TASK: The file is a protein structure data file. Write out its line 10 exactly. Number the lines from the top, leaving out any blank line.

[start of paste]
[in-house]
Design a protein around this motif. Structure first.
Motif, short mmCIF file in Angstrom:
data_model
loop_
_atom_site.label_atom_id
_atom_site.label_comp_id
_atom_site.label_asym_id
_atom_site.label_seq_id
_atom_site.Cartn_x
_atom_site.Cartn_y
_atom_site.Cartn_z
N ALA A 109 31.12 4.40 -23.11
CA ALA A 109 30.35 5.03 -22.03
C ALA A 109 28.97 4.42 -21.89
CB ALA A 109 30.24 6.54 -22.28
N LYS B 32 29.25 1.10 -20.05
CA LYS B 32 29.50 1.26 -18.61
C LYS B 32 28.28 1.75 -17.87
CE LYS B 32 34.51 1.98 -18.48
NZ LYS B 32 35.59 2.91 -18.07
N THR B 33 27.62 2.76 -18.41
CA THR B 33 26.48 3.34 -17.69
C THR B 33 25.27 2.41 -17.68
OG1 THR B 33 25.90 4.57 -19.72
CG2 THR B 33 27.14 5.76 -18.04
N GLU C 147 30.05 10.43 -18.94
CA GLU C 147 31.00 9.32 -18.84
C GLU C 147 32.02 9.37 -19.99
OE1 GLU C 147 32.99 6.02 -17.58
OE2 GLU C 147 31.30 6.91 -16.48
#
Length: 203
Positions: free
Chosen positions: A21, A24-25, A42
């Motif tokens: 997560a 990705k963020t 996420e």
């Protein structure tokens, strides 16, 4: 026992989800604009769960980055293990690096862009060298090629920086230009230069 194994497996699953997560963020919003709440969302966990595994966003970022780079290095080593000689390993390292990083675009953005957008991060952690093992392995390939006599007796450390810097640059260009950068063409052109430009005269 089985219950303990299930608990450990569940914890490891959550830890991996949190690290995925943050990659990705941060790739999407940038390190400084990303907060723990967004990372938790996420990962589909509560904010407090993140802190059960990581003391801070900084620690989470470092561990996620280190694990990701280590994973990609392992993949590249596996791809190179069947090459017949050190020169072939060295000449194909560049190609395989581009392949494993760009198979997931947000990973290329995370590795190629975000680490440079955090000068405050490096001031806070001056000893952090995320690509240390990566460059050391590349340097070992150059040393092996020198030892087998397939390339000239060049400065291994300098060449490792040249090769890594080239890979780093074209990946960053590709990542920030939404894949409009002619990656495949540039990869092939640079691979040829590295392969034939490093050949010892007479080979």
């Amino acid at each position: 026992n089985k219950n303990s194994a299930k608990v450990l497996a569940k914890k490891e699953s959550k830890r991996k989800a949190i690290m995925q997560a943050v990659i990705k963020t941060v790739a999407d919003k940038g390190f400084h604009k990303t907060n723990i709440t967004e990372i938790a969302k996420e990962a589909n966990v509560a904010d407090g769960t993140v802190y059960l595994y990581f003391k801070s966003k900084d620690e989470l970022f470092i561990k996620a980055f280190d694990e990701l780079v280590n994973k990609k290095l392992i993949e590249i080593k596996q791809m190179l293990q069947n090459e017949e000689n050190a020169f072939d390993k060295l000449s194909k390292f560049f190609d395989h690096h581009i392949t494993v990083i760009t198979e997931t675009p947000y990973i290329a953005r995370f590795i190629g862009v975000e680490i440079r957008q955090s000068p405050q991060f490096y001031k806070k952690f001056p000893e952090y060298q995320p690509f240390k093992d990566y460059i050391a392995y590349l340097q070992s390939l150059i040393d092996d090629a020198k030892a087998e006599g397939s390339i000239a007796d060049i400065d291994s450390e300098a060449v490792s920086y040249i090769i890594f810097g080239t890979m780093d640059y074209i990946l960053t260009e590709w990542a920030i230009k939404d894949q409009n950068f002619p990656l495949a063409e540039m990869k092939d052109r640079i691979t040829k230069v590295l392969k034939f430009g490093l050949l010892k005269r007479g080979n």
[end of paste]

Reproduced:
_atom_site.Cartn_x